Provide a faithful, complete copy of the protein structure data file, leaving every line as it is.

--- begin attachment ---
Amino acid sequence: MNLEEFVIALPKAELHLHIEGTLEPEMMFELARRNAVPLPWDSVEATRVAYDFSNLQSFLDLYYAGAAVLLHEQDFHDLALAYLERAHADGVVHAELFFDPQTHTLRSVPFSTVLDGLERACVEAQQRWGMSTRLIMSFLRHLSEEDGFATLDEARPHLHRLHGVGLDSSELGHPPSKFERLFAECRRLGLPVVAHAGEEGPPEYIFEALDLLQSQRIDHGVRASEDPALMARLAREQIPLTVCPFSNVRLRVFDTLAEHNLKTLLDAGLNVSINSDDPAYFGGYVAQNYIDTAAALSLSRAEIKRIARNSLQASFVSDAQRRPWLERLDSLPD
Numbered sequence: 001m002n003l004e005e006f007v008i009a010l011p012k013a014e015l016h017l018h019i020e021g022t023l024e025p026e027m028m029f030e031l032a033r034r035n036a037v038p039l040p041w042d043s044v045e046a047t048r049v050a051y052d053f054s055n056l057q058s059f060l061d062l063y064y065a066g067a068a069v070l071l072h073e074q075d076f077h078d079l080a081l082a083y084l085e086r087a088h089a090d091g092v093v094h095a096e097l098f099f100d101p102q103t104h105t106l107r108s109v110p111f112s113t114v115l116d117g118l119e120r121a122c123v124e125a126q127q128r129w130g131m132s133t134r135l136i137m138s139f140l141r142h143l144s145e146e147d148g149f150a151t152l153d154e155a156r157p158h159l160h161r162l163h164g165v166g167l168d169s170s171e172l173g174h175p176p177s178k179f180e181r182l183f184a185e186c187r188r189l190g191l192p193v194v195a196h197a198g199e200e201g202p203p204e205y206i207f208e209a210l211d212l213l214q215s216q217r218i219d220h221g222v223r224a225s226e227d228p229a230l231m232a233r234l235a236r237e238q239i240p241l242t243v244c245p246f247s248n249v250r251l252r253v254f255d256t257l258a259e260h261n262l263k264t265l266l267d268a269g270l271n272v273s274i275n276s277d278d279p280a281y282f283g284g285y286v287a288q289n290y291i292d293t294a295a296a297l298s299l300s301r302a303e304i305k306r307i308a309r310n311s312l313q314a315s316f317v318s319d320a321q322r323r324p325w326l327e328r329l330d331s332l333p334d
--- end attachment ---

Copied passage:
Amino acid sequence: MNLEEFVIALPKAELHLHIEGTLEPEMMFELARRNAVPLPWDSVEATRVAYDFSNLQSFLDLYYAGAAVLLHEQDFHDLALAYLERAHADGVVHAELFFDPQTHTLRSVPFSTVLDGLERACVEAQQRWGMSTRLIMSFLRHLSEEDGFATLDEARPHLHRLHGVGLDSSELGHPPSKFERLFAECRRLGLPVVAHAGEEGPPEYIFEALDLLQSQRIDHGVRASEDPALMARLAREQIPLTVCPFSNVRLRVFDTLAEHNLKTLLDAGLNVSINSDDPAYFGGYVAQNYIDTAAALSLSRAEIKRIARNSLQASFVSDAQRRPWLERLDSLPD
Numbered sequence: 001m002n003l004e005e006f007v008i009a010l011p012k013a014e015l016h017l018h019i020e021g022t023l024e025p026e027m028m029f030e031l032a033r034r035n036a037v038p039l040p041w042d043s044v045e046a047t048r049v050a051y052d053f054s055n056l057q058s059f060l061d062l063y064y065a066g067a068a069v070l071l072h073e074q075d076f077h078d079l080a081l082a083y084l085e086r087a088h089a090d091g092v093v094h095a096e097l098f099f100d101p102q103t104h105t106l107r108s109v110p111f112s113t114v115l116d117g118l119e120r121a122c123v124e125a126q127q128r129w130g131m132s133t134r135l136i137m138s139f140l141r142h143l144s145e146e147d148g149f150a151t152l153d154e155a156r157p158h159l160h161r162l163h164g165v166g167l168d169s170s171e172l173g174h175p176p177s178k179f180e181r182l183f184a185e186c187r188r189l190g191l192p193v194v195a196h197a198g199e200e201g202p203p204e205y206i207f208e209a210l211d212l213l214q215s216q217r218i219d220h221g222v223r224a225s226e227d228p229a230l231m232a233r234l235a236r237e238q239i240p241l242t243v244c245p246f247s248n249v250r251l252r253v254f255d256t257l258a259e260h261n262l263k264t265l266l267d268a269g270l271n272v273s274i275n276s277d278d279p280a281y282f283g284g285y286v287a288q289n290y291i292d293t294a295a296a297l298s299l300s301r302a303e304i305k306r307i308a309r310n311s312l313q314a315s316f317v318s319d320a321q322r323r324p325w326l327e328r329l330d331s332l333p334d